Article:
Thursday, January 24, 2008

1/21/08 Conference Fun in Sandusky, OH

From the moment we arrived at the Kalahari Waterpark Resort in Sandusky, Ohio we had a complete blast. The conference was for unschoolers (homeschooling in a non-traditional, child-led, interest-based, life learning approach) a style of teaching we have adopted since being on the road.

Unschooling Conference in Sandusky, OH

When we have met up with unschooling teens and parents in the past, we have always felt a great affinity – the kids are easy to befriend, the teens are seriously “cool” and I feel like I’ve known the parents forever, and this time was no exception. Many people recognized my picture from my blog and greeted me like a long, lost friend. Sarah immediately fell into a pack of teens and left Dave and I to move into our mini suite, before I headed down to hear one of the lectures.

All the lectures were held in the late afternoon/early evening so that everyone could spend the day at the Waterpark. Some family’s had two parents attending or a grandmother to help so they were able to attend classes while one parent managed the children. However, the attendees of the evening lectures were mostly parents with older children or teens which was perfect for me. It was easy to make friends with similar interests and experiences.

The first evening I was starving and tried to pry Sarah out of the teen lounge to take her to dinner. She’d already made friends with a teen from Pennsylvania and they wanted to have dinner together. As I made my way to a restaurant, I heard another family talking to their teen on the phone trying to get their daughter to come dinner with no success. You guessed it, their teen Ann was with Sarah.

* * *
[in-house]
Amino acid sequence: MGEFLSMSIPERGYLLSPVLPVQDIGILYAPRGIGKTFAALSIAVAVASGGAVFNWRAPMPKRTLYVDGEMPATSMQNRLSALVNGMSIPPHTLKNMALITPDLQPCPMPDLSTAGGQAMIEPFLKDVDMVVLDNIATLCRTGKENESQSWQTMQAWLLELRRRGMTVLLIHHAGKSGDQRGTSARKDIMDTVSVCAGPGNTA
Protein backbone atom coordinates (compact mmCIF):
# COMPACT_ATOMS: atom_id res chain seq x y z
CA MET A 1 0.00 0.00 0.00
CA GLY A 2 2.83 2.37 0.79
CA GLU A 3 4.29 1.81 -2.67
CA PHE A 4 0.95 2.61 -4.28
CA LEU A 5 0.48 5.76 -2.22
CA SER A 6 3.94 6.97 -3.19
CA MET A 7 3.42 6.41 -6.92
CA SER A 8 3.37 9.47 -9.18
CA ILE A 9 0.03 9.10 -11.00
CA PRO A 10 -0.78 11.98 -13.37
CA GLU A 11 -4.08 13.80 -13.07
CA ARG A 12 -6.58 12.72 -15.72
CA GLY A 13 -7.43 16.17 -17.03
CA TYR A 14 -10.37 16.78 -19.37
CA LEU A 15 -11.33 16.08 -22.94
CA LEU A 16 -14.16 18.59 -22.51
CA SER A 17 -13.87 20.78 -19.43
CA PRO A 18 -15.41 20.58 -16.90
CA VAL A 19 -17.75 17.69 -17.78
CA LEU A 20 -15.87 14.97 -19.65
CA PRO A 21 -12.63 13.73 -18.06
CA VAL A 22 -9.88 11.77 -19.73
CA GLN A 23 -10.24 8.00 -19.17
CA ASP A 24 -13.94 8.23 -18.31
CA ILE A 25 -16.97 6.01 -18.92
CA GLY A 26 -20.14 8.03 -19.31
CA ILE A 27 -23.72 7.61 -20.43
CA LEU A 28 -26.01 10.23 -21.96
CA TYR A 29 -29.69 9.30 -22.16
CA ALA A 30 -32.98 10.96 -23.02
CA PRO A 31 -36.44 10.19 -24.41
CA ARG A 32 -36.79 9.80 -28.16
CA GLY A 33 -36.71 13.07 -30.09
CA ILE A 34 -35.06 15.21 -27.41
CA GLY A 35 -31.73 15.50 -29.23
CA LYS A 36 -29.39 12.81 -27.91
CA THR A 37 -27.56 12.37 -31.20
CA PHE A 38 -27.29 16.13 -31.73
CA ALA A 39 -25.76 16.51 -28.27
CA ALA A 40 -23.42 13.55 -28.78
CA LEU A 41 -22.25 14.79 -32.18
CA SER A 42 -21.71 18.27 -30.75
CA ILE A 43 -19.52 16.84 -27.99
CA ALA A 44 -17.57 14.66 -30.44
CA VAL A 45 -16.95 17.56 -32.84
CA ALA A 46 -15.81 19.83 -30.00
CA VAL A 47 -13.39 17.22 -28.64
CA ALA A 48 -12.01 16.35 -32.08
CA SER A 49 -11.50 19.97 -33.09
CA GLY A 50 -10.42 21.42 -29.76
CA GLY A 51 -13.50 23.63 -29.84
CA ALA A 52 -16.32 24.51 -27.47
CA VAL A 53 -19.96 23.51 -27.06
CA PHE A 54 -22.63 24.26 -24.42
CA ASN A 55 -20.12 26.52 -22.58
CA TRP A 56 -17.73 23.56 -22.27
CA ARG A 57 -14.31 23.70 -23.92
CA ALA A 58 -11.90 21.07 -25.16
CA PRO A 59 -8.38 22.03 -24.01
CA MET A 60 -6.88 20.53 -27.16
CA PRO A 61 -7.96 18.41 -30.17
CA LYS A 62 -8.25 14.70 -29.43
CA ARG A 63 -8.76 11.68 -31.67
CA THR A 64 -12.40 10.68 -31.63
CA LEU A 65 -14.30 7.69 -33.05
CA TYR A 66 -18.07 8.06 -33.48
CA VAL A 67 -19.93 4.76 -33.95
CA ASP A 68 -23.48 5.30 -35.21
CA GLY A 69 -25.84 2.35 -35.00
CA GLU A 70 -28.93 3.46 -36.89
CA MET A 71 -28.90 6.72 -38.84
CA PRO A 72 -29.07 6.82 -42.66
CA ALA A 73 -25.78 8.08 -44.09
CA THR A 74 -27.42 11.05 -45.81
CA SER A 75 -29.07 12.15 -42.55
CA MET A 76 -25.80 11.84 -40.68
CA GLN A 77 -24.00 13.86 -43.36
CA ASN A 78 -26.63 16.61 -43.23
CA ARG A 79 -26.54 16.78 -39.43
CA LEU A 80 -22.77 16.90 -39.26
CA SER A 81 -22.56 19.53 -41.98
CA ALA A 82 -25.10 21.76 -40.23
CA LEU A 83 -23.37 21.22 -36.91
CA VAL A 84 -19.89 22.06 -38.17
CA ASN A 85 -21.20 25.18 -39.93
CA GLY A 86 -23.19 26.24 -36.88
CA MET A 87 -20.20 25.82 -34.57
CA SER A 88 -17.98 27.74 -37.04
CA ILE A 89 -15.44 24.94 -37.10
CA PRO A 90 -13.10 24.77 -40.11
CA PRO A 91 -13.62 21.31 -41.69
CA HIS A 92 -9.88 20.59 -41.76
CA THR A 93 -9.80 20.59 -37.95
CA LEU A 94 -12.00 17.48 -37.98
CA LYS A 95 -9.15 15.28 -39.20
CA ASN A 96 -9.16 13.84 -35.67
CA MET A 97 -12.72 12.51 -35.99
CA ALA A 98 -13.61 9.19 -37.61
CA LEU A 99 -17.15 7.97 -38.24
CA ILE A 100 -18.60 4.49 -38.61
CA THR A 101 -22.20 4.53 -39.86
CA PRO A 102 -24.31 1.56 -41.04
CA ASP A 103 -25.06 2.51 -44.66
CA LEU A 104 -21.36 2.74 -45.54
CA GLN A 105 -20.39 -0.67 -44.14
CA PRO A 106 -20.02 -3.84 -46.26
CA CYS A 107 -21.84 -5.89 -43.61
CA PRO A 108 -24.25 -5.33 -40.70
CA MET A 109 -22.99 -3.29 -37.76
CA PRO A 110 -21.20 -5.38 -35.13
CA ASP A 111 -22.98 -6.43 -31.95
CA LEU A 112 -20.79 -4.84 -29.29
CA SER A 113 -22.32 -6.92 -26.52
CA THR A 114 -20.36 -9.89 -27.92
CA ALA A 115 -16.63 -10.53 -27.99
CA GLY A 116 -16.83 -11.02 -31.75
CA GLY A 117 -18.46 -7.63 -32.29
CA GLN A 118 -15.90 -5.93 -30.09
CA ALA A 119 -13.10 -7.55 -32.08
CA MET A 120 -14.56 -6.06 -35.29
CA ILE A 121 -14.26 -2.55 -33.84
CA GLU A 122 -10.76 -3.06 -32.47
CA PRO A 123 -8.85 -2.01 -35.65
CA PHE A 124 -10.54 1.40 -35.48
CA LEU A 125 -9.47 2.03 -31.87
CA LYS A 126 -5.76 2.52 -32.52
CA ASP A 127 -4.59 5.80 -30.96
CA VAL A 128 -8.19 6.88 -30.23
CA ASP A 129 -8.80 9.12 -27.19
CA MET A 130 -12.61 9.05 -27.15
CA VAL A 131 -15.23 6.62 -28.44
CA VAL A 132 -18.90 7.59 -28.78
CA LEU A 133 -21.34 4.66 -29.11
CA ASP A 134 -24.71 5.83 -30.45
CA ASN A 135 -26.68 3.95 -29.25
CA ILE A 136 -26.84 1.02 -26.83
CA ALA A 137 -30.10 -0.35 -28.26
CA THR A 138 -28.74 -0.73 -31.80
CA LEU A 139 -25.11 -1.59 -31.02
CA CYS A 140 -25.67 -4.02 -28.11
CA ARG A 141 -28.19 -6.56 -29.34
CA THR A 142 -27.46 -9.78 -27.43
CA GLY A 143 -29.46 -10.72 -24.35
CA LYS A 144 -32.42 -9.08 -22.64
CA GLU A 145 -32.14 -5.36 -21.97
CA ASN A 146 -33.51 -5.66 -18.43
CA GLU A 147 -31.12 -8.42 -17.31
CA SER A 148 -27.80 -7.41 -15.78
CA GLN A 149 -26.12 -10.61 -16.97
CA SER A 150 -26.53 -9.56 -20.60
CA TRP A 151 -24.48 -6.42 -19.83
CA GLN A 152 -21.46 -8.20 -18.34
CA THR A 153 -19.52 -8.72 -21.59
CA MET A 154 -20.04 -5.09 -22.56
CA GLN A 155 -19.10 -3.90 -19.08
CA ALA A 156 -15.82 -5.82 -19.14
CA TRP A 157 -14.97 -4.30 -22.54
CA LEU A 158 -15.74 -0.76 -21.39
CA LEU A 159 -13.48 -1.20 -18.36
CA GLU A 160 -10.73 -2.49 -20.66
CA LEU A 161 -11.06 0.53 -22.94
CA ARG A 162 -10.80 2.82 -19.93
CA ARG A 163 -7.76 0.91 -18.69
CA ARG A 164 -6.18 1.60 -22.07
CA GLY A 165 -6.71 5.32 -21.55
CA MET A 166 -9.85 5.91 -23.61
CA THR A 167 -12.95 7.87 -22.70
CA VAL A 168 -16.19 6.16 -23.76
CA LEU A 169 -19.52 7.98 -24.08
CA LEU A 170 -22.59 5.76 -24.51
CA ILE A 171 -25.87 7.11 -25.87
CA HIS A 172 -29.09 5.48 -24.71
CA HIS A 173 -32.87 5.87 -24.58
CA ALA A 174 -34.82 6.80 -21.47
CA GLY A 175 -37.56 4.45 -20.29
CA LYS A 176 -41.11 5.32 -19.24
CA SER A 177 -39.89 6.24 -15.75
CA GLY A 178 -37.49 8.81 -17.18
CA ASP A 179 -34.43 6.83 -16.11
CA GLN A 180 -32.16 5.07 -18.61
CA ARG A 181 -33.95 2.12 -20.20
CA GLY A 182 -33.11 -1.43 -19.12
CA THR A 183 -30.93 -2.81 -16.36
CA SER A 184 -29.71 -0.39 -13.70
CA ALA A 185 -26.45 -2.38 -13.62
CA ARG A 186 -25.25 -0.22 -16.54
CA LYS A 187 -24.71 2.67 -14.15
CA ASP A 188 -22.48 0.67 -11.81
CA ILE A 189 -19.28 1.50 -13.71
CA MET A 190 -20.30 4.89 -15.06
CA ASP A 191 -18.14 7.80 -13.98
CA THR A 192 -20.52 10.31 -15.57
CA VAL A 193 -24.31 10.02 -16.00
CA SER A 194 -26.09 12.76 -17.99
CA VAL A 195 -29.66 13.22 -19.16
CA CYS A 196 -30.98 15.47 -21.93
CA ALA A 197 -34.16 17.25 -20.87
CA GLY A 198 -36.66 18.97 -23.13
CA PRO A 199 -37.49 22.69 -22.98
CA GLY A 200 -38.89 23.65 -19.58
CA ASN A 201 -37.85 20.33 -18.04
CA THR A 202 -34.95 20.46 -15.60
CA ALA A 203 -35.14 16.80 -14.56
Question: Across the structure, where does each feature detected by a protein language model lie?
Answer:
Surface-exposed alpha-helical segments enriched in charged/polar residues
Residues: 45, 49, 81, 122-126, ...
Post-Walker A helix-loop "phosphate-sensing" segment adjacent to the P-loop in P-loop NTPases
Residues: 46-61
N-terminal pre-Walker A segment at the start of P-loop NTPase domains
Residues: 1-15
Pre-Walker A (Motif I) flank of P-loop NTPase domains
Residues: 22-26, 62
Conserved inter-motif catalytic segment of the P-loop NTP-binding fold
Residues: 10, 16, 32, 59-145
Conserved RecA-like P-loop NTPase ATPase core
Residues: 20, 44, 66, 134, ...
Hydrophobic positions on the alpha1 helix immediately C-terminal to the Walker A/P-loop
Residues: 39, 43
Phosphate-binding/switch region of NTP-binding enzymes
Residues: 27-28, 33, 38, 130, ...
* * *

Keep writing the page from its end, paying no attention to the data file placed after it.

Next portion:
I asked if I could join Ann's family for dinner since I had been abandoned by my teen daughter too. You’ll never believe it – Ann’s family owned a KOA! What are the odds of Sarah hooking up with someone who understood completely about being on the road?! The dad had all kinds of questions about what I look for in a campground and then we got into a conversation about 30 vs. 50 amp power and internet access when the mom’s eyes rolled back in her head. Ellen was completely bored out of her mind so we switched topics; it was so easy to talk to her, it was like we’d been friends forever.

By the following day, Sarah and Ann were telling fellow teens that they were engaged to be married. Maybe a little background is in order... 75% of all the teens that hung out in the lounge were male. Sarah easily makes friends with boys, but she doesn’t want a boyfriend right now. She enjoys cruising conferences with an entourage and collects groups of kids to do silly things and hang out. She likes to joke that she is a lesbian. It’s a great strategy -- the boys don’t try anything with her, she can comfortably hang out and be one of “guys,” and it adds an air of mystery about her. Ann picked up on the joke and the two walked around arm-in-arm or hand-in-hand further supporting the punch line. Fortunately, Ellen (Ann’s mom) was ok with the spoof, so for the rest of the week we teased one another about who would make the centerpieces and what type of wedding cake we should have.